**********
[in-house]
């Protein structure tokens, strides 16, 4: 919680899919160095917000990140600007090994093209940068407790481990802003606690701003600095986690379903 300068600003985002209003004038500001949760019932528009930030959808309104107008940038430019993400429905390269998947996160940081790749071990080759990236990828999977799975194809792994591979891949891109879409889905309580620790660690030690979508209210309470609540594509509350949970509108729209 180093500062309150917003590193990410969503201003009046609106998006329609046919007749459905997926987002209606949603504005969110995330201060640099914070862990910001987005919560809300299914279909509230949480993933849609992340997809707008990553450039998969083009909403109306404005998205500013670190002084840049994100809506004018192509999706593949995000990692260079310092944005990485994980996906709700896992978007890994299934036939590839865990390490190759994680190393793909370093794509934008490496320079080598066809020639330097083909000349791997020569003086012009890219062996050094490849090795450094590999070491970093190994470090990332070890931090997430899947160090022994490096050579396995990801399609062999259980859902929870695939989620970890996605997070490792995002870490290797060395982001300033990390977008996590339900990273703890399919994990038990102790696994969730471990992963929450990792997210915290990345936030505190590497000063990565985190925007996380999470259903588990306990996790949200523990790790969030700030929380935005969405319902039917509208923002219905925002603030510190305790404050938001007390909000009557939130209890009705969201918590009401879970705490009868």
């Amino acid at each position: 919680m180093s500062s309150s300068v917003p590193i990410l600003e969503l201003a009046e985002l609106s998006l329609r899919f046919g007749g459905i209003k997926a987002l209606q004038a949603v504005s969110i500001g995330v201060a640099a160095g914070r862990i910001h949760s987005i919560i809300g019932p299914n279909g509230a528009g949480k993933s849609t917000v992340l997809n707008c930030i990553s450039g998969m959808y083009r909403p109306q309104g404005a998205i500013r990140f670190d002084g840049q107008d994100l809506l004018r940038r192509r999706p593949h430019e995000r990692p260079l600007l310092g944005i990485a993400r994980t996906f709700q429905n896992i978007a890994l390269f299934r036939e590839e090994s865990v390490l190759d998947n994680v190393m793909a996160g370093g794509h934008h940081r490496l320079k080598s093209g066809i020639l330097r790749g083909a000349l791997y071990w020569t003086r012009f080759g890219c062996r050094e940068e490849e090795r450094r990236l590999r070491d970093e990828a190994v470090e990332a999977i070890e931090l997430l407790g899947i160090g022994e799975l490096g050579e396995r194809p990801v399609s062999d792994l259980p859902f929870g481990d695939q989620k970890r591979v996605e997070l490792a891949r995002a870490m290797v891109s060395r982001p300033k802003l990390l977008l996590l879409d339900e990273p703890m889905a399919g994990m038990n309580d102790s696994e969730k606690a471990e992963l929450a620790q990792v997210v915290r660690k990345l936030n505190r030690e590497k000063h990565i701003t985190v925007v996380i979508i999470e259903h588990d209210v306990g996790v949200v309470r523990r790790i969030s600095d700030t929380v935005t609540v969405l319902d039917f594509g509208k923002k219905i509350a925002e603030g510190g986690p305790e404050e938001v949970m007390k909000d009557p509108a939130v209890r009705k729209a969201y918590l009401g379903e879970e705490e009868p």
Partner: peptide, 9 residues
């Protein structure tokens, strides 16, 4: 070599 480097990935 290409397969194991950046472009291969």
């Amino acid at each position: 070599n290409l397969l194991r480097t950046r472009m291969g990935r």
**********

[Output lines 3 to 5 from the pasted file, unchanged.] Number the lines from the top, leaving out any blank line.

């Amino acid at each position: 919680m180093s500062s309150s300068v917003p590193i990410l600003e969503l201003a009046e985002l609106s998006l329609r899919f046919g007749g459905i209003k997926a987002l209606q004038a949603v504005s969110i500001g995330v201060a640099a160095g914070r862990i910001h949760s987005i919560i809300g019932p299914n279909g509230a528009g949480k993933s849609t917000v992340l997809n707008c930030i990553s450039g998969m959808y083009r909403p109306q309104g404005a998205i500013r990140f670190d002084g840049q107008d994100l809506l004018r940038r192509r999706p593949h430019e995000r990692p260079l600007l310092g944005i990485a993400r994980t996906f709700q429905n896992i978007a890994l390269f299934r036939e590839e090994s865990v390490l190759d998947n994680v190393m793909a996160g370093g794509h934008h940081r490496l320079k080598s093209g066809i020639l330097r790749g083909a000349l791997y071990w020569t003086r012009f080759g890219c062996r050094e940068e490849e090795r450094r990236l590999r070491d970093e990828a190994v470090e990332a999977i070890e931090l997430l407790g899947i160090g022994e799975l490096g050579e396995r194809p990801v399609s062999d792994l259980p859902f929870g481990d695939q989620k970890r591979v996605e997070l490792a891949r995002a870490m290797v891109s060395r982001p300033k802003l990390l977008l996590l879409d339900e990273p703890m889905a399919g994990m038990n309580d102790s696994e969730k606690a471990e992963l929450a620790q990792v997210v915290r660690k990345l936030n505190r030690e590497k000063h990565i701003t985190v925007v996380i979508i999470e259903h588990d209210v306990g996790v949200v309470r523990r790790i969030s600095d700030t929380v935005t609540v969405l319902d039917f594509g509208k923002k219905i509350a925002e603030g510190g986690p305790e404050e938001v949970m007390k909000d009557p509108a939130v209890r009705k729209a969201y918590l009401g379903e879970e705490e009868p």
Partner: peptide, 9 residues
């Protein structure tokens, strides 16, 4: 070599 480097990935 290409397969194991950046472009291969």